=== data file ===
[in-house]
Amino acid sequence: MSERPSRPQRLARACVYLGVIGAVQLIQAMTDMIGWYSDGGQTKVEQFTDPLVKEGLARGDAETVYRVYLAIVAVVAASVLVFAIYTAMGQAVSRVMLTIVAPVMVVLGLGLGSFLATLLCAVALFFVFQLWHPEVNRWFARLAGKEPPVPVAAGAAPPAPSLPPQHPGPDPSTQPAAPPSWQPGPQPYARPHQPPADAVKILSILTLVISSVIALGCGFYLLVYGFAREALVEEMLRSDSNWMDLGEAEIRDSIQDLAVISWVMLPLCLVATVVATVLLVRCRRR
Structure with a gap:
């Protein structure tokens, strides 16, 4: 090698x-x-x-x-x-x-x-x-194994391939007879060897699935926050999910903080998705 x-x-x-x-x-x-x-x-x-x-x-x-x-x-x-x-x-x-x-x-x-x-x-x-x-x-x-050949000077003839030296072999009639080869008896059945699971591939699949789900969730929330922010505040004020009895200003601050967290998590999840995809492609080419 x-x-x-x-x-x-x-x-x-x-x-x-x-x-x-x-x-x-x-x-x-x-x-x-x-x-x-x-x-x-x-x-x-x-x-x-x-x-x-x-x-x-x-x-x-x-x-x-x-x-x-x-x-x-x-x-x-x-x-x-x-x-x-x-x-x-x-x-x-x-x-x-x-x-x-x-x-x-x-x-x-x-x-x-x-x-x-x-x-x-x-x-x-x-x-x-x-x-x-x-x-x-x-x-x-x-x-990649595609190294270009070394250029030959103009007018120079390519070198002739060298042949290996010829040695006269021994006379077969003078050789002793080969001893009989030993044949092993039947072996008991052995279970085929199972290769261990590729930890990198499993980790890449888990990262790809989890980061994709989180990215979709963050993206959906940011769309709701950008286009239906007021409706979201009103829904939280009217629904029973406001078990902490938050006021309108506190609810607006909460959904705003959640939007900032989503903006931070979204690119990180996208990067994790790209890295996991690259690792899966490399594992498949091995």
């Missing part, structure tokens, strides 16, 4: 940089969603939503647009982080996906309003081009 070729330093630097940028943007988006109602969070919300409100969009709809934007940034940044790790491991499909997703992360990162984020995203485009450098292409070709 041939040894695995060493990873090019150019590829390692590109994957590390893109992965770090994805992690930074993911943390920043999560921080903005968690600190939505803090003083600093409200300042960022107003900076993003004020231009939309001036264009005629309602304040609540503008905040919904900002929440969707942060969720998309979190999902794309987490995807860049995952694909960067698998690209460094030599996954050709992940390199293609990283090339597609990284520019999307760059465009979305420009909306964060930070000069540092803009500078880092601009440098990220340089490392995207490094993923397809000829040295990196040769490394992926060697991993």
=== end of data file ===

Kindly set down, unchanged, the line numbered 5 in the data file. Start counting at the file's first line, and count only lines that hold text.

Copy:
């Missing part, structure tokens, strides 16, 4: 940089969603939503647009982080996906309003081009 070729330093630097940028943007988006109602969070919300409100969009709809934007940034940044790790491991499909997703992360990162984020995203485009450098292409070709 041939040894695995060493990873090019150019590829390692590109994957590390893109992965770090994805992690930074993911943390920043999560921080903005968690600190939505803090003083600093409200300042960022107003900076993003004020231009939309001036264009005629309602304040609540503008905040919904900002929440969707942060969720998309979190999902794309987490995807860049995952694909960067698998690209460094030599996954050709992940390199293609990283090339597609990284520019999307760059465009979305420009909306964060930070000069540092803009500078880092601009440098990220340089490392995207490094993923397809000829040295990196040769490394992926060697991993």